When the pharmacist handed the medicine, I held the container as tightly as I could within my weakening grip. It was going to be a long ride home and I half-anticipated and half-feared the outcome of the test. Half a dragee could potentially give me the answers or have me start all over again with more questions unanswered.
I hoped against getting any worse. The past few months were difficult enough. I wanted to be brave, to be strong on my own. I only needed the right treatment plan and the necessary information on the disorder. What I did not fully realize then was that nothing would prepare me for what was to come. Not all those academic information and few months of experience. I had no inkling of the chaotic and overwhelming emotions that come from struggling with a long-term illness. But life had more to teach my younger self...
In a late afternoon of December 2008...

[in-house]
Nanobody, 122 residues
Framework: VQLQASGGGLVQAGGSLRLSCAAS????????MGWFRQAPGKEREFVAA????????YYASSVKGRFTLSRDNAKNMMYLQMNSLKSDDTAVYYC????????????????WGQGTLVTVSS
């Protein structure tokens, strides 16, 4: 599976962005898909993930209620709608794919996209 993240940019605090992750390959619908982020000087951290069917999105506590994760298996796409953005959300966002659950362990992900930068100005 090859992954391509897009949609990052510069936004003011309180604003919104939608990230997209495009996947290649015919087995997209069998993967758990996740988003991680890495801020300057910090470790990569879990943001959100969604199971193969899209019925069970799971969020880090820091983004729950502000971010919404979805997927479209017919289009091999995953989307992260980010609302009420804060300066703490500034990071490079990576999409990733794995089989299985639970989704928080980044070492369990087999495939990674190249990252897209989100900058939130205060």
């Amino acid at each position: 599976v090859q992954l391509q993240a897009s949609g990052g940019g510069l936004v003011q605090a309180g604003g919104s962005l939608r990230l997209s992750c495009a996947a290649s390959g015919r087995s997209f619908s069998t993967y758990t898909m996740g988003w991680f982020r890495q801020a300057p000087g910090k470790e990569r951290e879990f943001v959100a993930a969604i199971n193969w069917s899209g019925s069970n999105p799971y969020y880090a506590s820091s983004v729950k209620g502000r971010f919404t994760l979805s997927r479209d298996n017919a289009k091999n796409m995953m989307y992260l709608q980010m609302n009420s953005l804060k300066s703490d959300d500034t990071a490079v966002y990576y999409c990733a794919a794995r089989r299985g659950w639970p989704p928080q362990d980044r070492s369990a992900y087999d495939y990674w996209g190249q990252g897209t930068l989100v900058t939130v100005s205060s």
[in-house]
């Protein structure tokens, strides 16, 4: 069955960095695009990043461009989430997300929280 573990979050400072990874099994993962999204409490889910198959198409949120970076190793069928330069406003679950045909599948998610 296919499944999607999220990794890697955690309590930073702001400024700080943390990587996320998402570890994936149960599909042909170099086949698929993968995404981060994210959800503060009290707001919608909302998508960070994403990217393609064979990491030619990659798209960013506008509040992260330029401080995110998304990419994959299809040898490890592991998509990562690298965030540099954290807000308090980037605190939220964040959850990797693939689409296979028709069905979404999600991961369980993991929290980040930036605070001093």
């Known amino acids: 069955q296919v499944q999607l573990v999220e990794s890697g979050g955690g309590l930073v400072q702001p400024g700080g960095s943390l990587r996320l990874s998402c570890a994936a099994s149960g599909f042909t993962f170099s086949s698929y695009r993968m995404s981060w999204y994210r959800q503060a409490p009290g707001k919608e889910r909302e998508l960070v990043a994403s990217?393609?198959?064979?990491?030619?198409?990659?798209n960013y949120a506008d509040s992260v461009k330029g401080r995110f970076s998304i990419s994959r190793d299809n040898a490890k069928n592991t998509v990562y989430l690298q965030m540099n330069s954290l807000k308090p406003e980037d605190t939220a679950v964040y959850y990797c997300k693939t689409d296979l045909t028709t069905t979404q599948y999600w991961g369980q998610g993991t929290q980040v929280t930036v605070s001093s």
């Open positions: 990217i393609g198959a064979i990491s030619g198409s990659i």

I sat alone in a public transportation, wrapped up in my second-hand black coat and crammed in with many commuters. I was on my way back to my temporary home from a life-changing consult. In a city high up in the mountains, it was always cold. But even bundled up and squeezed in with so many people, it was the coldest day I have ever had.
It was the season of cheer and giving, of bright lights and even brighter spirits. On the other side of the world, the snow must have been falling - momentarily floating on the wind as if they were the petals of winter before descending to the ground to either bring joy or disaster. Come spring, they will have melted away and be gone. Those cold petals of winter, at that time, I didn't know I became one of them - had actually been for a long time.
I pulled my coat closer and stopped fighting my drooping lids. Lord, I had prayed, please let me make it through this winter.
Note: Click on the pictures to go to their source.
PS: Myasthenia gravis is also called Snowflake disease, hence the title :) Did anyone guess? Merry Christmas everyone!